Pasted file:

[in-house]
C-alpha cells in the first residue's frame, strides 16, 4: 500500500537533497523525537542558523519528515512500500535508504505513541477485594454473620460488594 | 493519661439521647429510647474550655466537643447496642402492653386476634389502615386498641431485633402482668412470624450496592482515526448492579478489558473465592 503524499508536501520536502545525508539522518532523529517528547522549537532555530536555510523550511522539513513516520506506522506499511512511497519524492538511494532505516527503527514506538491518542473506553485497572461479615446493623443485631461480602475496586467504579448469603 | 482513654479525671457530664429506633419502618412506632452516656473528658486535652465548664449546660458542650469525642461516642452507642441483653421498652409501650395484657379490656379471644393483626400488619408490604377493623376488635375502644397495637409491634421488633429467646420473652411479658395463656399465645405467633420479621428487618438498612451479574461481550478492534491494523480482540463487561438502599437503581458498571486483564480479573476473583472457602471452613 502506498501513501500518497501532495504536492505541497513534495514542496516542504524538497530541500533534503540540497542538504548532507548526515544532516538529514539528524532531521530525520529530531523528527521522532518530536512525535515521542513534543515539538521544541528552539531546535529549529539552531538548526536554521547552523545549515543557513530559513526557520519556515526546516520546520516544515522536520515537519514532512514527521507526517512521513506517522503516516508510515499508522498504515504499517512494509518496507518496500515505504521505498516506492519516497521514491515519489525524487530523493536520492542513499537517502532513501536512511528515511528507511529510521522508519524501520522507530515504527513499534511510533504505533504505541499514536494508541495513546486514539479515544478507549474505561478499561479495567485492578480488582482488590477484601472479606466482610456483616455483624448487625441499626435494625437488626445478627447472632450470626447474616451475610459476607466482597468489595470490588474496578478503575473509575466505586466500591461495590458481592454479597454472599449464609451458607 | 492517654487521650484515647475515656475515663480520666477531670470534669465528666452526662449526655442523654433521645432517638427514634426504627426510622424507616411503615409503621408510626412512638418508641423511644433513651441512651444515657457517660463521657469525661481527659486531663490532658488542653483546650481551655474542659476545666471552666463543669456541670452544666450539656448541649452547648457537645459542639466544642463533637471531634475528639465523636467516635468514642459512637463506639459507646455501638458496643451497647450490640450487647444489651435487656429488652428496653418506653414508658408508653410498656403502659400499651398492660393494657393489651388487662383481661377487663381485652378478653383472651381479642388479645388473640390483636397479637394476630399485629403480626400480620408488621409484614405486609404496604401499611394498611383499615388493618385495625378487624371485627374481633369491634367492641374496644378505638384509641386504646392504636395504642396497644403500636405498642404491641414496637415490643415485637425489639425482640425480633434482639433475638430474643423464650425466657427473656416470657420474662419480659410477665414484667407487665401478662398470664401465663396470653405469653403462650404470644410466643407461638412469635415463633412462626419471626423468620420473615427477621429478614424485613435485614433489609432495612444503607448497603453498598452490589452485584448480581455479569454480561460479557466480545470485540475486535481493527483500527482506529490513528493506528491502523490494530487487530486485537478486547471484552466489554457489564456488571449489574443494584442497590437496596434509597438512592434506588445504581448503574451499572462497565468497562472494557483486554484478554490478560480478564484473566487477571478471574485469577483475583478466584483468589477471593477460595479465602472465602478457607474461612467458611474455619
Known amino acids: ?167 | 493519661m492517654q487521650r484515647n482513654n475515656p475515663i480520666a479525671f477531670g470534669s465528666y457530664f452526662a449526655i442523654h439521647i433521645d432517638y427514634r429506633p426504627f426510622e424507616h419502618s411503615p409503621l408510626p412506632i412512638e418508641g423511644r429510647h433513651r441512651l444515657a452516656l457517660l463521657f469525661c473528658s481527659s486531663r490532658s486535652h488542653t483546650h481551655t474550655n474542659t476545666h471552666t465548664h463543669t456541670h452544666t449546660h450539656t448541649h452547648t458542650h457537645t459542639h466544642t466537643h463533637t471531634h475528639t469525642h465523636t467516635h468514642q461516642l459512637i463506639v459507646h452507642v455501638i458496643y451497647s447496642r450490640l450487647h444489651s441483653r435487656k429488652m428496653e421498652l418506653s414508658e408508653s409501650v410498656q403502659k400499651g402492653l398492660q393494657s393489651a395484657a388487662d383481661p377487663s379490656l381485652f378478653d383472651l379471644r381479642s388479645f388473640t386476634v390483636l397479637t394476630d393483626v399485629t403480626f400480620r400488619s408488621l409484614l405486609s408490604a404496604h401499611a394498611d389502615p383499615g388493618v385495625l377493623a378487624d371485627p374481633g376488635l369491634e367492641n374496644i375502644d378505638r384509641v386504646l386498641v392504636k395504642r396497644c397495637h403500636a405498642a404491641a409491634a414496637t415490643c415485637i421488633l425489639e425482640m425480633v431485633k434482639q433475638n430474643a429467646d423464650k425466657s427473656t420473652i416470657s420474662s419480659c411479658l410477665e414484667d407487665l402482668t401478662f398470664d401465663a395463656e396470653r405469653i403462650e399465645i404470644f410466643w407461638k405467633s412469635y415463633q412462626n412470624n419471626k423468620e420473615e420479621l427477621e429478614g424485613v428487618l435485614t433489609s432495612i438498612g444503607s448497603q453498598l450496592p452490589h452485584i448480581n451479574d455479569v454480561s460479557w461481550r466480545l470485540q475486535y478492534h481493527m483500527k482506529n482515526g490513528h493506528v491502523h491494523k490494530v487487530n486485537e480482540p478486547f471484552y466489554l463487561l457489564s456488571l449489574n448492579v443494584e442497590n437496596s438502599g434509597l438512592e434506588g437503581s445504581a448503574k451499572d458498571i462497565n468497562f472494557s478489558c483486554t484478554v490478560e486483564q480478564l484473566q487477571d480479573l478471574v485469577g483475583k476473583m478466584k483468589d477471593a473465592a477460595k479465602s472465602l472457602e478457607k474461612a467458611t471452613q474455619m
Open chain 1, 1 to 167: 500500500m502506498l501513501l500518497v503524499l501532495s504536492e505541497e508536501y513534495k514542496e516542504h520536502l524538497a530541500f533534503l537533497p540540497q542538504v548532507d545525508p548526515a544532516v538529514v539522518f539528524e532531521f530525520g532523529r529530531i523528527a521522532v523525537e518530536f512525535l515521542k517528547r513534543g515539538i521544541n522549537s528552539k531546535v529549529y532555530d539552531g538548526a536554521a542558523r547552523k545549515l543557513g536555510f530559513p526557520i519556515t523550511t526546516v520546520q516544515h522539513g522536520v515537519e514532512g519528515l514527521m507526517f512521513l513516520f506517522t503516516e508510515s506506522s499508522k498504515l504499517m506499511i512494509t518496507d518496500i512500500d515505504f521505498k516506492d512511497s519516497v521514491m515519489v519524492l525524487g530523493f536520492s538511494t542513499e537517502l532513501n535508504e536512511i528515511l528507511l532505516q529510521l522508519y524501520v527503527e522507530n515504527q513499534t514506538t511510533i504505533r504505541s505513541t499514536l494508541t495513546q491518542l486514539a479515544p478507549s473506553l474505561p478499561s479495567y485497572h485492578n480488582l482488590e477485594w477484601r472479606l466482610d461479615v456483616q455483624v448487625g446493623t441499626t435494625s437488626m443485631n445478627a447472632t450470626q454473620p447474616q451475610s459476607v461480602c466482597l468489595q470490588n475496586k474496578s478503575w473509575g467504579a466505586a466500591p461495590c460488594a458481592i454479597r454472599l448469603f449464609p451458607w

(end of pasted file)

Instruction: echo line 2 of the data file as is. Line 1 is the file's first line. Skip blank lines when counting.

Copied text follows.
C-alpha cells in the first residue's frame, strides 16, 4: 500500500537533497523525537542558523519528515512500500535508504505513541477485594454473620460488594 | 493519661439521647429510647474550655466537643447496642402492653386476634389502615386498641431485633402482668412470624450496592482515526448492579478489558473465592 503524499508536501520536502545525508539522518532523529517528547522549537532555530536555510523550511522539513513516520506506522506499511512511497519524492538511494532505516527503527514506538491518542473506553485497572461479615446493623443485631461480602475496586467504579448469603 | 482513654479525671457530664429506633419502618412506632452516656473528658486535652465548664449546660458542650469525642461516642452507642441483653421498652409501650395484657379490656379471644393483626400488619408490604377493623376488635375502644397495637409491634421488633429467646420473652411479658395463656399465645405467633420479621428487618438498612451479574461481550478492534491494523480482540463487561438502599437503581458498571486483564480479573476473583472457602471452613 502506498501513501500518497501532495504536492505541497513534495514542496516542504524538497530541500533534503540540497542538504548532507548526515544532516538529514539528524532531521530525520529530531523528527521522532518530536512525535515521542513534543515539538521544541528552539531546535529549529539552531538548526536554521547552523545549515543557513530559513526557520519556515526546516520546520516544515522536520515537519514532512514527521507526517512521513506517522503516516508510515499508522498504515504499517512494509518496507518496500515505504521505498516506492519516497521514491515519489525524487530523493536520492542513499537517502532513501536512511528515511528507511529510521522508519524501520522507530515504527513499534511510533504505533504505541499514536494508541495513546486514539479515544478507549474505561478499561479495567485492578480488582482488590477484601472479606466482610456483616455483624448487625441499626435494625437488626445478627447472632450470626447474616451475610459476607466482597468489595470490588474496578478503575473509575466505586466500591461495590458481592454479597454472599449464609451458607 | 492517654487521650484515647475515656475515663480520666477531670470534669465528666452526662449526655442523654433521645432517638427514634426504627426510622424507616411503615409503621408510626412512638418508641423511644433513651441512651444515657457517660463521657469525661481527659486531663490532658488542653483546650481551655474542659476545666471552666463543669456541670452544666450539656448541649452547648457537645459542639466544642463533637471531634475528639465523636467516635468514642459512637463506639459507646455501638458496643451497647450490640450487647444489651435487656429488652428496653418506653414508658408508653410498656403502659400499651398492660393494657393489651388487662383481661377487663381485652378478653383472651381479642388479645388473640390483636397479637394476630399485629403480626400480620408488621409484614405486609404496604401499611394498611383499615388493618385495625378487624371485627374481633369491634367492641374496644378505638384509641386504646392504636395504642396497644403500636405498642404491641414496637415490643415485637425489639425482640425480633434482639433475638430474643423464650425466657427473656416470657420474662419480659410477665414484667407487665401478662398470664401465663396470653405469653403462650404470644410466643407461638412469635415463633412462626419471626423468620420473615427477621429478614424485613435485614433489609432495612444503607448497603453498598452490589452485584448480581455479569454480561460479557466480545470485540475486535481493527483500527482506529490513528493506528491502523490494530487487530486485537478486547471484552466489554457489564456488571449489574443494584442497590437496596434509597438512592434506588445504581448503574451499572462497565468497562472494557483486554484478554490478560480478564484473566487477571478471574485469577483475583478466584483468589477471593477460595479465602472465602478457607474461612467458611474455619